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action9000

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About action9000

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Profile Information

  • Gender
    Male
  • Location
    Alberta, Canada
  • Occupation
    Software Developer
  • Notation Software/Sequencers
    FL Studio / VSTs
  • Instruments Played
    Keyboard, Trumpet (low level on both :P)

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  1. I would argue that you do have a good reason to be adding to the excess: To realize your visions.
  2. I think that says a lot right there. Part of what makes art "art" is its ability to reach out and touch others...and touch each audience member a slightly different, personal way. I'd like to take that concept and run with it with my music. Perhaps I just need a larger audience (such as posting here) rather than direct monetary compensation (which I really feel would take the joy out of it). :)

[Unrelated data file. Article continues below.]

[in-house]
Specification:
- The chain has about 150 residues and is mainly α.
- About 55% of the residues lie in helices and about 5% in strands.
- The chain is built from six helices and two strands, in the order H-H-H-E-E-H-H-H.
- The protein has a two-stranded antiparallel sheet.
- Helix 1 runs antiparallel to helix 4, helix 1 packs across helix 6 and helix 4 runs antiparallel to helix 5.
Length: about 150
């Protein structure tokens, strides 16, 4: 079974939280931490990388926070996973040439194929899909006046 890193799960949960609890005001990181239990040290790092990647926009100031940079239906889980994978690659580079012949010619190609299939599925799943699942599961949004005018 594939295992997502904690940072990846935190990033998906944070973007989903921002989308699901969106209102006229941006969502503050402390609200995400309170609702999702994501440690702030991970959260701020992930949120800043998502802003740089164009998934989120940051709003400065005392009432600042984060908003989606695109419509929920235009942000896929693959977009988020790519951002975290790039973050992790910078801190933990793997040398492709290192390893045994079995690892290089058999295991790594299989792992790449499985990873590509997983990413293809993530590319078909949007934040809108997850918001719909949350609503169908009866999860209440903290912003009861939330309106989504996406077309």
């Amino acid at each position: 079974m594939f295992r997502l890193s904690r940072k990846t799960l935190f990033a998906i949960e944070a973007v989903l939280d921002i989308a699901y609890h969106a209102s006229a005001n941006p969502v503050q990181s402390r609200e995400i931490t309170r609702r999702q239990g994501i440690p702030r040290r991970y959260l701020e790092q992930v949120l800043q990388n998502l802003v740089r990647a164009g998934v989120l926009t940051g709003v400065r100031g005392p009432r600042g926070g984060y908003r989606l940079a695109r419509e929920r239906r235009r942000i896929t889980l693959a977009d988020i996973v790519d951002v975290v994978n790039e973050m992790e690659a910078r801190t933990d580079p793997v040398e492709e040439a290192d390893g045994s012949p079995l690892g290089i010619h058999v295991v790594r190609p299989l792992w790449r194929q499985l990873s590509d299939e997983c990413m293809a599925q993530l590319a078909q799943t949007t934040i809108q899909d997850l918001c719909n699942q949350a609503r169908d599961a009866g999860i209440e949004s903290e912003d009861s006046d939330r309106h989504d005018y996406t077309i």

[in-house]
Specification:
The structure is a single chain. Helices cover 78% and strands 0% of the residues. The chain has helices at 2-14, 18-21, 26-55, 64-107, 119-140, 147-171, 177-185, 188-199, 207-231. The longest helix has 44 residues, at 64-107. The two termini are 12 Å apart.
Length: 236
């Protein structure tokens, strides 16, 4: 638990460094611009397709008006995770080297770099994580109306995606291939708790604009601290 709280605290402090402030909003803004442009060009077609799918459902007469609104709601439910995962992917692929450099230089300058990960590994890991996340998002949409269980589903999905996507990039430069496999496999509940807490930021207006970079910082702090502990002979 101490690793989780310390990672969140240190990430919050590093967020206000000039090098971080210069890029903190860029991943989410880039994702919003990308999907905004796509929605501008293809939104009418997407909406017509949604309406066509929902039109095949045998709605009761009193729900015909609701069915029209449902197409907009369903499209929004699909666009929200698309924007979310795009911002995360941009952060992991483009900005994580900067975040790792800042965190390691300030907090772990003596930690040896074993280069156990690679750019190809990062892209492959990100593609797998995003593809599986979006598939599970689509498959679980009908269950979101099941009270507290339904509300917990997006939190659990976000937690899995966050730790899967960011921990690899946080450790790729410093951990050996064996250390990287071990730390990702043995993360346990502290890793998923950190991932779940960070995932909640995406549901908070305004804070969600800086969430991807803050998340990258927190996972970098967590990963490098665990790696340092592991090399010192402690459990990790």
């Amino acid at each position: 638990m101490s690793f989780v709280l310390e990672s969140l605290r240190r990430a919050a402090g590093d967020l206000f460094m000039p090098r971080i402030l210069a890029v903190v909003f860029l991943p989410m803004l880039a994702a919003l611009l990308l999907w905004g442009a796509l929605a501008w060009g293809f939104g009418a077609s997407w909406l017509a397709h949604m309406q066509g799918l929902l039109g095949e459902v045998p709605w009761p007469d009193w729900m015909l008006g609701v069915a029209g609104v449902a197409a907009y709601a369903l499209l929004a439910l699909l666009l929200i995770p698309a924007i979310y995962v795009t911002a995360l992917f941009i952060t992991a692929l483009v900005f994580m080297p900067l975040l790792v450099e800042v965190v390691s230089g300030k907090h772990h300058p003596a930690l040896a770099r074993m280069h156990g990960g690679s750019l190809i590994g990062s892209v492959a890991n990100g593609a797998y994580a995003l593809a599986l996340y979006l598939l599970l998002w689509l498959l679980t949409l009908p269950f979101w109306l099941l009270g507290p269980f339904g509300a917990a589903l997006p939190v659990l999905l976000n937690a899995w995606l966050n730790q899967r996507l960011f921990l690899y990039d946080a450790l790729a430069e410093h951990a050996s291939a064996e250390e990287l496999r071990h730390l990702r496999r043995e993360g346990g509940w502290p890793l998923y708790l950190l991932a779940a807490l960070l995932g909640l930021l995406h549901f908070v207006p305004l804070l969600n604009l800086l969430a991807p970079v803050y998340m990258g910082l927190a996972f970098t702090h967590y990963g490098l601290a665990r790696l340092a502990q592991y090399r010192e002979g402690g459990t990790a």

3. That relates closely to my first point, "What does the music consumer want that they can't already get from an existing composer?" Thank you for your insight. It is probably safe to say that I, as a composer, have no right to question the value that my audience sees in my, or anyone else's, music. That is for the audience to decide, not the composer. If they see something interesting and valuable, so be it and I'm happy if somebody does indeed find value in my work. I can stand 100% behind that! Also I can't deny, I enjoy that I don't have any friends or family who compose music. I feel special in a silly kind of way. :P Totally agreed! I have a few time-consuming hobbies, composing being one of them. Also on the list are programming/game design/web design as well as board game design/building. unless I'm too tired to work on something, I'd much rather be involved in one of those projects than mindlessly watch TV as well. That's brilliant, I'll need to remember that! I haven't written much in a notation program in years because they produce rather poor results when working with MIDI-based music, but I can always export from FL Studio and make adjustments in Noteworthy Composer. ------------------------------ I think for me, the problem is that I derive a significant amount of enjoyment by the *result* of my work, rather than the work itself. Composing, at the moment of working, can and does get a bit tedious, but I'm always to happy when something awesome comes of it that it makes the efforts worthwhile. Looking forward to success and getting excited when I discover something great in what I'm working on is a huge drive for me. When I was younger, that used to be enough to keep me going. Now, as I get older, I suppose I see more purpose and reason behind what I do. Whether this is good or bad is up for debate, but I think the kid part of me was on to something! I suppose what I'm trying to figure out is, why can't I accept the fact that this enjoyment I mentioned in the last paragraph as "reward enough"? Why am I seeking some mysterious happiness from composing that I didn't used to? I think it comes down to the fact that I've noticed significant improvement in the quality of my work over the years. As quality has improved, my desire to see it do something concrete for me, almost like I feel like I'm "useful now", has also grown. As for what defines "useful"? That is what I'm trying to figure out. haha